The Alberta government has been making good on its promises to tighten budgets and revamp how agriculture research is done in the province.
Earlier this year, the province announced the Results Driven Agriculture Research program— RDAR — an arms-length government entity that would administer funding and guide agriculture research.
Then, last week, approximately 250 Alberta Agriculture and Forestry employees, including researchers and extension staff, were laid off by Alberta’s provincial government.
The main premise of RDAR is for it to receive research dollars, and then go out and consult farmers to prioritize agriculture research that has a meaningful impact to farmers and ranchers, says Alberta’s Minister of Agriculture and Forestry Devin Dreeshen.
The dramatic transformation is something that was campaigned on during the election in Alberta, Dreeshen says.
“It was a major plank within our agriculture program. It was something we heard from farmers and ranchers that they wanted to make sure it wasn’t government ideology that was directing agriculture research, it was the priorities of farmers and ranchers,” explains Dreeshen. “It’s why we campaigned on it, then consulted afterward how best to do it, and RDAR was the result.” (Story continues below video)
The program is a project-specific program and is currently open for applications from anyone involved in what Dreeshen is calling “meaningful” agricultural research.
“The RDAR board has a process in which they will deem [the research] of value to the industry, and through consultations with farmers and ranchers, they will determine what type specifically will get funding,” he says.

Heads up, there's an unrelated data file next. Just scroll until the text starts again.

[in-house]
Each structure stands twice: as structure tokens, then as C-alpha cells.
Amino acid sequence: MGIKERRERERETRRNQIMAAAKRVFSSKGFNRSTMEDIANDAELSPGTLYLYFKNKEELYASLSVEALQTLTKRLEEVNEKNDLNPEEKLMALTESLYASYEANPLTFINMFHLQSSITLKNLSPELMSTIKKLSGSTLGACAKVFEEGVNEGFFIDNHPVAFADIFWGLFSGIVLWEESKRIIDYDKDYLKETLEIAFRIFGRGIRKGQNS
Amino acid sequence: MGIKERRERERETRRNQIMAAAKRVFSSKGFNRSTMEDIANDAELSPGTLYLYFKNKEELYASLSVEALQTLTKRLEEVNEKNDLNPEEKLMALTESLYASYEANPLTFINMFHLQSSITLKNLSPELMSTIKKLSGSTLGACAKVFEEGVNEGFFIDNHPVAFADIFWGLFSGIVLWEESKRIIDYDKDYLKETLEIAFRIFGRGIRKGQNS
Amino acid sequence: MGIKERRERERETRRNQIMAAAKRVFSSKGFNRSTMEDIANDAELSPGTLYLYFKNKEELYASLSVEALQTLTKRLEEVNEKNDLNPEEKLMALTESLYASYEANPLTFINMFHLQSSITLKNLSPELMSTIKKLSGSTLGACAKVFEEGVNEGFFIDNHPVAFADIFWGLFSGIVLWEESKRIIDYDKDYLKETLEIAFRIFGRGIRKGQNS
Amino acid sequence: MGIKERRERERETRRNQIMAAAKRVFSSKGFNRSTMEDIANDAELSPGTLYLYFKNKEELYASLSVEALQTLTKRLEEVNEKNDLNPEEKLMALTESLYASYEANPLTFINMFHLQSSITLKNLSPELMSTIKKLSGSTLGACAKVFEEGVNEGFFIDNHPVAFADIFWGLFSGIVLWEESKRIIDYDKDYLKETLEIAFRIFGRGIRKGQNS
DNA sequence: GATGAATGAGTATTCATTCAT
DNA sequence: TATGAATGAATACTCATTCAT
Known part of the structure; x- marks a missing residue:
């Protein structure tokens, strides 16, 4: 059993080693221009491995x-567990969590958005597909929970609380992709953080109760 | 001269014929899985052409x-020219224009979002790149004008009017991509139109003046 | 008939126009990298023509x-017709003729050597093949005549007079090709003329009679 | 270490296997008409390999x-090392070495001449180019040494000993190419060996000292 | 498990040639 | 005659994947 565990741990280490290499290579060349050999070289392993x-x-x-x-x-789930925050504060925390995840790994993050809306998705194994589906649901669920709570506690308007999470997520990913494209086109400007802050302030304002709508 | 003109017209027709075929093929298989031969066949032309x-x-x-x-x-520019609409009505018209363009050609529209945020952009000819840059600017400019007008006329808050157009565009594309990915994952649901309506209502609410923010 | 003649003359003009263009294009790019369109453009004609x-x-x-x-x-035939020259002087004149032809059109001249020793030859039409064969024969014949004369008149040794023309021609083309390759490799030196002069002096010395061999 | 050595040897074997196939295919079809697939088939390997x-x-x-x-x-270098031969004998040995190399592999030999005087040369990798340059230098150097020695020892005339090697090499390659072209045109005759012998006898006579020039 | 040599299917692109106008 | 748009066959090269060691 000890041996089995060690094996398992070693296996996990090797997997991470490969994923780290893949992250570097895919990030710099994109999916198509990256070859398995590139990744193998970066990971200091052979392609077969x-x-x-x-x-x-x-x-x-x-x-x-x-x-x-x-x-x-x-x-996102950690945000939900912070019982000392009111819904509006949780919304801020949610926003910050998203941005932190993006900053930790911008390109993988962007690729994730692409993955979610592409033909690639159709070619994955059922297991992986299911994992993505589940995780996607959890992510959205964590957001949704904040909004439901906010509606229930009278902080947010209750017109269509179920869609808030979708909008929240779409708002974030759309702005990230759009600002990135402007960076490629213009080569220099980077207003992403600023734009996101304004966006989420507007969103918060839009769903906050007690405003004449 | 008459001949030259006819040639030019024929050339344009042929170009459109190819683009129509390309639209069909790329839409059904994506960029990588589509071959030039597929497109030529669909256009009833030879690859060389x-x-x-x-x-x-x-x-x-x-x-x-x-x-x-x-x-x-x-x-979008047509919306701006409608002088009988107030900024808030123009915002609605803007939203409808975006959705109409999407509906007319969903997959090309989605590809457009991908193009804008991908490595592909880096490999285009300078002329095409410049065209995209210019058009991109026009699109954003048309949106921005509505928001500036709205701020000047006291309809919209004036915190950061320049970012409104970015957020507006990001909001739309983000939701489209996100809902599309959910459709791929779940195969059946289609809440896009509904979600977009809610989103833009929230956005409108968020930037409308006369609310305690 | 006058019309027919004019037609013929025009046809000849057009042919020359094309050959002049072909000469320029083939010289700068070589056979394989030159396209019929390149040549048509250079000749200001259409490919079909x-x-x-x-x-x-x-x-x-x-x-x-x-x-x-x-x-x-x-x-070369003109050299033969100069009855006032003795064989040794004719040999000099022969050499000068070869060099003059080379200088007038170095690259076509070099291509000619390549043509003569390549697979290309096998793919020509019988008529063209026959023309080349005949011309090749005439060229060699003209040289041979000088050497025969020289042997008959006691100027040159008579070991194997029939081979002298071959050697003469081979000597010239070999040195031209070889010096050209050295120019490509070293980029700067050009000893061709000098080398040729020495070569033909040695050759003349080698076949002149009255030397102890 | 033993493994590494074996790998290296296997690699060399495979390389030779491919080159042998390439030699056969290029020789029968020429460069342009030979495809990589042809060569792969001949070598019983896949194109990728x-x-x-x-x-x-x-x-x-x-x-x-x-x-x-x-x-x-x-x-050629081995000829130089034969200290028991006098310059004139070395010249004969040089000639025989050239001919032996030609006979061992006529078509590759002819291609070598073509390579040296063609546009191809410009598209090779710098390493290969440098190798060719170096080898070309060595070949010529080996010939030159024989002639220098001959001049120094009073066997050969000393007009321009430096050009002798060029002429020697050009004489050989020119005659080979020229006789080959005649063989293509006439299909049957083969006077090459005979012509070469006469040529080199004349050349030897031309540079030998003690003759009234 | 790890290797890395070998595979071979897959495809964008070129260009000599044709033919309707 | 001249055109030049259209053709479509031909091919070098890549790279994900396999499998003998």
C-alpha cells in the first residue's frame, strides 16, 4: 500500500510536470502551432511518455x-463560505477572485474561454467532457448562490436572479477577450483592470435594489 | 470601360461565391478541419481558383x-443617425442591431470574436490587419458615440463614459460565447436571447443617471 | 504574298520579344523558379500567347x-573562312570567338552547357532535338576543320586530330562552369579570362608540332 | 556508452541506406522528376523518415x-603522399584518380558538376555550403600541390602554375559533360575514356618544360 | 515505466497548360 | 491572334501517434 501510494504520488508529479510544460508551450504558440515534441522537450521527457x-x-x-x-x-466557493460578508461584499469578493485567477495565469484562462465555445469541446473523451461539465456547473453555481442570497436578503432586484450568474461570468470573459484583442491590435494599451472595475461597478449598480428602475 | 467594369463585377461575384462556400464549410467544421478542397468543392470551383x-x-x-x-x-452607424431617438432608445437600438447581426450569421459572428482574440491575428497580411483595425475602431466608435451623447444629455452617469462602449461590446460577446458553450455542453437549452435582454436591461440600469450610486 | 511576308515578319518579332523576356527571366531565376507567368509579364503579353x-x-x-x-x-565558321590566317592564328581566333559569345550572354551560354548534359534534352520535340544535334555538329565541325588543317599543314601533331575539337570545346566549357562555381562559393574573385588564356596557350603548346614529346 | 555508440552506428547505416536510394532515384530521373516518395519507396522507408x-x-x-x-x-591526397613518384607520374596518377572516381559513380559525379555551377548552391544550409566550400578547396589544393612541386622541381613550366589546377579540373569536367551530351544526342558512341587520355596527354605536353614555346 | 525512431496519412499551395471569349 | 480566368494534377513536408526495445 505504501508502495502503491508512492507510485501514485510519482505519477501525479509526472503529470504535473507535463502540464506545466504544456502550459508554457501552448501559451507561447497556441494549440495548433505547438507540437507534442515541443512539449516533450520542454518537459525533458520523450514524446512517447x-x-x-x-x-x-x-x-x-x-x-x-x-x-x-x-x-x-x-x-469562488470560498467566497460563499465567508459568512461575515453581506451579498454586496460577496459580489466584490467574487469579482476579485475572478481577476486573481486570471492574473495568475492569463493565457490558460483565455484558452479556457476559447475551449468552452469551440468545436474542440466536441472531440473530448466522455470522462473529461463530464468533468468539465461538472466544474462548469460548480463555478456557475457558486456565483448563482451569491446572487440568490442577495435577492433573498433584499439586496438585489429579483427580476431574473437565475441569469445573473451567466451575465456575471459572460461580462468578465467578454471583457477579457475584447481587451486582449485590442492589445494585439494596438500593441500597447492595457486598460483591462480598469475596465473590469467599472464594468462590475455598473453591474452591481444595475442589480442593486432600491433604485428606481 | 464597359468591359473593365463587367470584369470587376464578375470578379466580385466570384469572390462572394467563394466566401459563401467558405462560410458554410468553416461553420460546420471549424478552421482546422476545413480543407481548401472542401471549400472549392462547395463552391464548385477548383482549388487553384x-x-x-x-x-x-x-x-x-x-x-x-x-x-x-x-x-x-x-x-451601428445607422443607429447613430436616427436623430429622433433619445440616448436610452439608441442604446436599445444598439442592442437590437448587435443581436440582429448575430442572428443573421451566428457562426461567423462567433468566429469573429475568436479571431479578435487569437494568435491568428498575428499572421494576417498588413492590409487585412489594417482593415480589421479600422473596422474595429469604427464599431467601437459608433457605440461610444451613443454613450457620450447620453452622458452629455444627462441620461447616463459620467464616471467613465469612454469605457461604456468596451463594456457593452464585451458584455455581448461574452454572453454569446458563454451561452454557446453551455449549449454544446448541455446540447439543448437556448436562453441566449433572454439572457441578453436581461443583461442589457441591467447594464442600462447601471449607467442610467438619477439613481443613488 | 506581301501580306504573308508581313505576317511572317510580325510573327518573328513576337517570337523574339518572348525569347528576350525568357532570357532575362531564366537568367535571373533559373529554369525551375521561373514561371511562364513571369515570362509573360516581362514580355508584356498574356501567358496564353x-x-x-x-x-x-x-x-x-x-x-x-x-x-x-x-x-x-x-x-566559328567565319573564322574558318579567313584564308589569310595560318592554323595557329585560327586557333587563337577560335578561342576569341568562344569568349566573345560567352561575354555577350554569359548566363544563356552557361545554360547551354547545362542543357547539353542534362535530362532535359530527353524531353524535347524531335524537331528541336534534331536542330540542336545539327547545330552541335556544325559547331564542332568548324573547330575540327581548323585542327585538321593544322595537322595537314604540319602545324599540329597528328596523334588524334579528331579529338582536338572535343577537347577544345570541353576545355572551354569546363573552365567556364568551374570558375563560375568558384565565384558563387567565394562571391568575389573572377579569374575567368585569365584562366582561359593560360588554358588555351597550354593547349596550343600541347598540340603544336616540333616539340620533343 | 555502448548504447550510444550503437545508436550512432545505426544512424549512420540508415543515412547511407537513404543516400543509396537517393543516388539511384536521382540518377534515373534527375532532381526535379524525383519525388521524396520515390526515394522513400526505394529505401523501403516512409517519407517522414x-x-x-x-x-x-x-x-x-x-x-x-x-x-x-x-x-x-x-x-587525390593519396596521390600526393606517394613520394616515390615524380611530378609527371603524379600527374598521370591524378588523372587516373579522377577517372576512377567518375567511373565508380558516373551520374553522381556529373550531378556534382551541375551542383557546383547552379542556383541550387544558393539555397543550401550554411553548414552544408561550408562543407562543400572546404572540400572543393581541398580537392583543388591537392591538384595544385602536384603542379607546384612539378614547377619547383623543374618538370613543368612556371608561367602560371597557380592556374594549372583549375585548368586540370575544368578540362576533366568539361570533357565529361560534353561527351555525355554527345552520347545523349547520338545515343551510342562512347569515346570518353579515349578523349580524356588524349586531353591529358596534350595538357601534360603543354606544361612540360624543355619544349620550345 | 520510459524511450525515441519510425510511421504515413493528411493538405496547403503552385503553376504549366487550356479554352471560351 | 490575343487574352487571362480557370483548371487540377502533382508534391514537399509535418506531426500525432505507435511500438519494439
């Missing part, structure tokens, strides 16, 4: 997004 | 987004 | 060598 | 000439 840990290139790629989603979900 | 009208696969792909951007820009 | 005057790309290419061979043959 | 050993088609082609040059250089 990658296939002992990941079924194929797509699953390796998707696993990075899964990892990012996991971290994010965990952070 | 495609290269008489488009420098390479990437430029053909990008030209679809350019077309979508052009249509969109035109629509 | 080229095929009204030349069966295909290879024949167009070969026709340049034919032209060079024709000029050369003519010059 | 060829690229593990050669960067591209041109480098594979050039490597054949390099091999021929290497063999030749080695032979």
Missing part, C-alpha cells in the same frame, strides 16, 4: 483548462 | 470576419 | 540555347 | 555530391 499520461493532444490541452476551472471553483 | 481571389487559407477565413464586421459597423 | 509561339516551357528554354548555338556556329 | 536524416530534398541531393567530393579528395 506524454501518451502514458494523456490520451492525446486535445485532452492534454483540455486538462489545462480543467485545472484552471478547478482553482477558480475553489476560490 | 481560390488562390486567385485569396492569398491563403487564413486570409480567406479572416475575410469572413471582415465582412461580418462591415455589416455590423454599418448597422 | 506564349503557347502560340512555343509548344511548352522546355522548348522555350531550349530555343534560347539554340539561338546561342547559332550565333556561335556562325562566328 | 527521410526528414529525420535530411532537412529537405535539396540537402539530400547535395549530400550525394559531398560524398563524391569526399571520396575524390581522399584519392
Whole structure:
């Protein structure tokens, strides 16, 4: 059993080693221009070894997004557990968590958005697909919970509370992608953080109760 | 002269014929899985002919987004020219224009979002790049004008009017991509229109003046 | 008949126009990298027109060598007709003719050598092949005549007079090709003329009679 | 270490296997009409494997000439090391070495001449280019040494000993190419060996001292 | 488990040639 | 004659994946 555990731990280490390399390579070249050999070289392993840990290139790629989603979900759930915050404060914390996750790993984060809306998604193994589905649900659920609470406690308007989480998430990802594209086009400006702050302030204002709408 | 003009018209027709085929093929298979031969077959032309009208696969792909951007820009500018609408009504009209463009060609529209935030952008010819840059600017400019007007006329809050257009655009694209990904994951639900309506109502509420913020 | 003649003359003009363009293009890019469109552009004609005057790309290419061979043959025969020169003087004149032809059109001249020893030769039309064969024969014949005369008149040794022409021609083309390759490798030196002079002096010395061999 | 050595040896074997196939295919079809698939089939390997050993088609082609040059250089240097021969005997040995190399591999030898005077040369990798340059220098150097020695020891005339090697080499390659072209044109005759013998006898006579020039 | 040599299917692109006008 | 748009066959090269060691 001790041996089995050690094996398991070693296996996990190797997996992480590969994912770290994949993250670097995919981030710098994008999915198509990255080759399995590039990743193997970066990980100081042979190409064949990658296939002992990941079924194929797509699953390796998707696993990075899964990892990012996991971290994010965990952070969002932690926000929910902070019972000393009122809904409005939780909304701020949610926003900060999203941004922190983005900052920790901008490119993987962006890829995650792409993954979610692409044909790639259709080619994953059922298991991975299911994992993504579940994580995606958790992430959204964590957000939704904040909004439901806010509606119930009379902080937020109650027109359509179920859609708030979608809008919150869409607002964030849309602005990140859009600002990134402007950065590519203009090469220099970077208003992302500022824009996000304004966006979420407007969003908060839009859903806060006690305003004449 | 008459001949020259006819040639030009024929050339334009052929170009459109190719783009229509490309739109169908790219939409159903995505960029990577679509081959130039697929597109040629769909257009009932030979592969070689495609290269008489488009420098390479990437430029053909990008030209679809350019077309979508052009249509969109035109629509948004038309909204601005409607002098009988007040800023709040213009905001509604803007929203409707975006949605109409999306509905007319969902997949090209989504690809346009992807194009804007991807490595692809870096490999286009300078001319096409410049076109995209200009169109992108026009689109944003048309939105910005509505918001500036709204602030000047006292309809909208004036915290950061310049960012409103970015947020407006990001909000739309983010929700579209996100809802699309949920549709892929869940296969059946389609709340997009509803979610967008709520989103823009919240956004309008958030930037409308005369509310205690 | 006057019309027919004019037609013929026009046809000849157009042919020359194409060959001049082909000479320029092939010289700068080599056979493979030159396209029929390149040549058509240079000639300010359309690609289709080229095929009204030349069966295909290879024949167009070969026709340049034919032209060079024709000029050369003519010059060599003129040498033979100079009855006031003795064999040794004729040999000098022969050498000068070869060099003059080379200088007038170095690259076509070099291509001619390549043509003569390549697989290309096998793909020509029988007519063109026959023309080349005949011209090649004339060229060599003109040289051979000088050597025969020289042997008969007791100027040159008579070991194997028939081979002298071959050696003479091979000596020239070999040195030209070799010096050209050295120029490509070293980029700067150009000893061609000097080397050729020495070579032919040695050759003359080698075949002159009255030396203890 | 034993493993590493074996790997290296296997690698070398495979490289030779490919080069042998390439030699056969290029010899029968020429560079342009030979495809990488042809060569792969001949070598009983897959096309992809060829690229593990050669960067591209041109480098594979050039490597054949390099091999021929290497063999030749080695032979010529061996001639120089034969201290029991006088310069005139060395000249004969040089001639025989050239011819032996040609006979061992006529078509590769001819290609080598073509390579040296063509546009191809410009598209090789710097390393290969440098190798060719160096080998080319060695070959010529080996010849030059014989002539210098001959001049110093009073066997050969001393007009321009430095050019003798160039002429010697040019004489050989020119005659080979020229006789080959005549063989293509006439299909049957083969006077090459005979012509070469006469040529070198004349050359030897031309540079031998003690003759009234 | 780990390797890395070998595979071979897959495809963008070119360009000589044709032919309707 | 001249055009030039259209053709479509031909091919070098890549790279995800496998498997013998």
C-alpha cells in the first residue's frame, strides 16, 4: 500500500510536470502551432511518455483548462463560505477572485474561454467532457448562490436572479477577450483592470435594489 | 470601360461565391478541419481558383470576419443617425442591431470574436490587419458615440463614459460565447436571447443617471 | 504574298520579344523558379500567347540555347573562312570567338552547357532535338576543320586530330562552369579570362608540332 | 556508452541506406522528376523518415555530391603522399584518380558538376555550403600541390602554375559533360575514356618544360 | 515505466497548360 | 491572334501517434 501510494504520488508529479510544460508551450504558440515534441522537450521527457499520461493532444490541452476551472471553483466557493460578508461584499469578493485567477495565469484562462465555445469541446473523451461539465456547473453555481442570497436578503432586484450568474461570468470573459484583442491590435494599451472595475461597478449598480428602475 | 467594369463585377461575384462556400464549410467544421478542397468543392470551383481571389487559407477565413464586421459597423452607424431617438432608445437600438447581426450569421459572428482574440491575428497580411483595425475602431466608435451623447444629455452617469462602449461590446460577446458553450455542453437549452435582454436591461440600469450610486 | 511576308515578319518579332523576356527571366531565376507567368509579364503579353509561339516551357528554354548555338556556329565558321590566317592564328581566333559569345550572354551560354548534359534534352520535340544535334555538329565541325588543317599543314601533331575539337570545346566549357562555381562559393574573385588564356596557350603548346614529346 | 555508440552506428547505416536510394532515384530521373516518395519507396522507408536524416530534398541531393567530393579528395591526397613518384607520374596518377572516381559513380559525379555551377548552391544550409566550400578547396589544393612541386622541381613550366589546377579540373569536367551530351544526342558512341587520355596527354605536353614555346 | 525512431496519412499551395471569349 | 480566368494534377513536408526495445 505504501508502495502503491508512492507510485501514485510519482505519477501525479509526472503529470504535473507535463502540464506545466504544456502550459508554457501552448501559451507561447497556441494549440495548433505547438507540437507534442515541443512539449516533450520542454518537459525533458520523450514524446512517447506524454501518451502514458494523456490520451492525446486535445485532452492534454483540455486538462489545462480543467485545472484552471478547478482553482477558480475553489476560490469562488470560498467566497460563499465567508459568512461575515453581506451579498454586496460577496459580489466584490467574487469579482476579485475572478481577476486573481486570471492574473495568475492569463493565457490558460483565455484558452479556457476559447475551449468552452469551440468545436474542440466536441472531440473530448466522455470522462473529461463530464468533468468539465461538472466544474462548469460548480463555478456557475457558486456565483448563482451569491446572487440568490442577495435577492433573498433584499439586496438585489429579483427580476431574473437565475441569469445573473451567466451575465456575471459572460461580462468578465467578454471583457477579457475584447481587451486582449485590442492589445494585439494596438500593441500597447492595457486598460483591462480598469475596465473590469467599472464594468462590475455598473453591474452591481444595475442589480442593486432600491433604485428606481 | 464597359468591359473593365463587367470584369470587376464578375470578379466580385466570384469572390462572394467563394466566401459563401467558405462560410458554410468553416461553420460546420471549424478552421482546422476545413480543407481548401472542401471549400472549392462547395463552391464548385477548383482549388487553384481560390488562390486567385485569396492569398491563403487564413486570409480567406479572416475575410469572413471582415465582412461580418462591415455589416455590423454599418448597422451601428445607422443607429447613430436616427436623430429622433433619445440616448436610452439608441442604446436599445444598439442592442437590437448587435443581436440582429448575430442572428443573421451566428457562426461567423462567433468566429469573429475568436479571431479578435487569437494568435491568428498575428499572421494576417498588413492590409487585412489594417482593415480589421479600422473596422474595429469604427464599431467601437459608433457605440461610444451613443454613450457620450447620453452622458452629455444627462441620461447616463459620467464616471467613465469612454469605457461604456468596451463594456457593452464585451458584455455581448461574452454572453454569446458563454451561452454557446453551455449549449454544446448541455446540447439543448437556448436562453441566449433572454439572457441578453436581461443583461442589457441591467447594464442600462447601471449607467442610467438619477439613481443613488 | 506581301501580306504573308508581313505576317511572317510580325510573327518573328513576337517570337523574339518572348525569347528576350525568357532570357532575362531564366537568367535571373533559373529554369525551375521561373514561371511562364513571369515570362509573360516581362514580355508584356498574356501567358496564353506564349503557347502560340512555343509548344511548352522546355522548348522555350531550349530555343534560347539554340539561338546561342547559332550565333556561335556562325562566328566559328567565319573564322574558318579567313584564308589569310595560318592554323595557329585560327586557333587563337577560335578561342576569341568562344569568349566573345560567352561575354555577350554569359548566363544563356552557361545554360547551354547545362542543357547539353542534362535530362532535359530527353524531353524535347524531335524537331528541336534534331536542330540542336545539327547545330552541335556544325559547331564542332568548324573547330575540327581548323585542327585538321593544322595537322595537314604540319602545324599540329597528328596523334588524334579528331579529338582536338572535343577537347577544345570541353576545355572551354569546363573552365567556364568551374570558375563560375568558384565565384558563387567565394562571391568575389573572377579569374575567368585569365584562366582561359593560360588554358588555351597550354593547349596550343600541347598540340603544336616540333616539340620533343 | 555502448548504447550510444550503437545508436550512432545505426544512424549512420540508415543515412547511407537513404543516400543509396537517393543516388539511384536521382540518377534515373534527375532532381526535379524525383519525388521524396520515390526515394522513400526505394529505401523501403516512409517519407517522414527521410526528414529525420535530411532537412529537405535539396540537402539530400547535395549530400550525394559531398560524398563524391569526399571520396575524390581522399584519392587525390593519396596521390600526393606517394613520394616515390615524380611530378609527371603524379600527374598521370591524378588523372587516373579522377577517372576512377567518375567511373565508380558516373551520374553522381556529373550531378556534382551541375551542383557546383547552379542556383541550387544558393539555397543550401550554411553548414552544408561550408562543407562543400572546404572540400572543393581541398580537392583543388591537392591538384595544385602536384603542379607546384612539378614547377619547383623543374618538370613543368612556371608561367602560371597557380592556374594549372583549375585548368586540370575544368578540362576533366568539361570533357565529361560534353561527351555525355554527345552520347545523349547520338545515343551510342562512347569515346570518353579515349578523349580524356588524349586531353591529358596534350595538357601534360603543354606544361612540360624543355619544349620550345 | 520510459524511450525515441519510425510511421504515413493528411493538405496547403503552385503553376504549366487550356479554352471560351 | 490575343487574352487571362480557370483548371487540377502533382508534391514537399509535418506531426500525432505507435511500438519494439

Alberta is known for some of its high-profile research that has been conducted throughout the sector in the past. In order to keep some of these researchers on board, and to transfer specific research programs, there have also been transition funds to the University of Alberta, University of Calgary, University of Lethbridge, Olds College, and Lethbridge College.
The question many producers and Albertans have had is why? Why such a dramatic change to how things have been done? Minister Dreeshen says it came from many producers asking where the public research was going.
“[Farmers] would hear of seven to eight-year-long studies on something that really wasn’t pertinent or important to farmers and ranchers. That research, even though it may be a few inches thick, just goes and collects dust on a shelf somewhere. We really want to have that focus of every dollar is hard to come by — as a province, we are running a $24 billion deficit this year alone — so we want to make sure that the precious taxpayer dollars that we are spending, that is actually of direct benefit and value to agriculture,” Dreeshen explains. “So that’s why we wanted to put a focus with farmers and ranchers determining what were the priorities, and what research needed to be funded.”
By keeping the program at arms-length from the government, it will keep research from being put in specific funding buckets, says Dreeshen.
“I don’t remember them all of the top of my head, but (the previous government) had certain areas of focus that they thought that agriculture research should go down. And you would have major government involvement. Now it’s completely in the hands of farmers and ranchers to be able to determine whatever project may come across RDAR’s desk, is up to them to be able to say there is a direct benefit to the ag sector.”
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